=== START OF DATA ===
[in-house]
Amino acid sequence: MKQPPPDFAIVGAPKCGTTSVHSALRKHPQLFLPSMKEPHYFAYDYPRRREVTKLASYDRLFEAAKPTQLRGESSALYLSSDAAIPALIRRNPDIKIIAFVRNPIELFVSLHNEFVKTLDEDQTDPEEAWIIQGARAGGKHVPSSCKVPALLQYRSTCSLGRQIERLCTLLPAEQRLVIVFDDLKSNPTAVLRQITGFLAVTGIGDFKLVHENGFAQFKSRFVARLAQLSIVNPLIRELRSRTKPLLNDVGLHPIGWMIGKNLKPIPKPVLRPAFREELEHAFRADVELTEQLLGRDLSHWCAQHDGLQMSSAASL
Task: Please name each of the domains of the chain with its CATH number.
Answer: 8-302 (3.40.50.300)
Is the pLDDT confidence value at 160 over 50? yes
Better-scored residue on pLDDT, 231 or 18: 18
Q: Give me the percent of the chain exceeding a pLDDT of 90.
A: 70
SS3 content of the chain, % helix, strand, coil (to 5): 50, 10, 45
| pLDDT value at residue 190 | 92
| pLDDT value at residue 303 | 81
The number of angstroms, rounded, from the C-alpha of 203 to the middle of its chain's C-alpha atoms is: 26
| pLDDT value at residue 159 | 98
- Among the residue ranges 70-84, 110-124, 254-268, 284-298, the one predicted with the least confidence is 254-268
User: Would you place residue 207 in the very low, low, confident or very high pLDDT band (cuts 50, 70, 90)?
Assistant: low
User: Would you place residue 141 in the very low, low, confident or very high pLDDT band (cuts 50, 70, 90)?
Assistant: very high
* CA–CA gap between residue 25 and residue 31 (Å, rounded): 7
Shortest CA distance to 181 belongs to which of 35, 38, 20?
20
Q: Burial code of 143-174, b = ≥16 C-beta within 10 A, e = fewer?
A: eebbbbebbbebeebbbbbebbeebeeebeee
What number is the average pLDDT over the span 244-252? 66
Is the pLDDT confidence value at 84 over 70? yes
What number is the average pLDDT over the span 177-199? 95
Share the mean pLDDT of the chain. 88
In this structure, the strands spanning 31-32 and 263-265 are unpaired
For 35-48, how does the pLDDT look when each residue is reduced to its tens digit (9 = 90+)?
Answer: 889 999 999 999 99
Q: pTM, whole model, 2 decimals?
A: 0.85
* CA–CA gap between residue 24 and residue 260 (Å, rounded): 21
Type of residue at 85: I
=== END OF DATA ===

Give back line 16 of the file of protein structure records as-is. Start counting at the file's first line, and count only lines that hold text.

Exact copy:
Assistant: low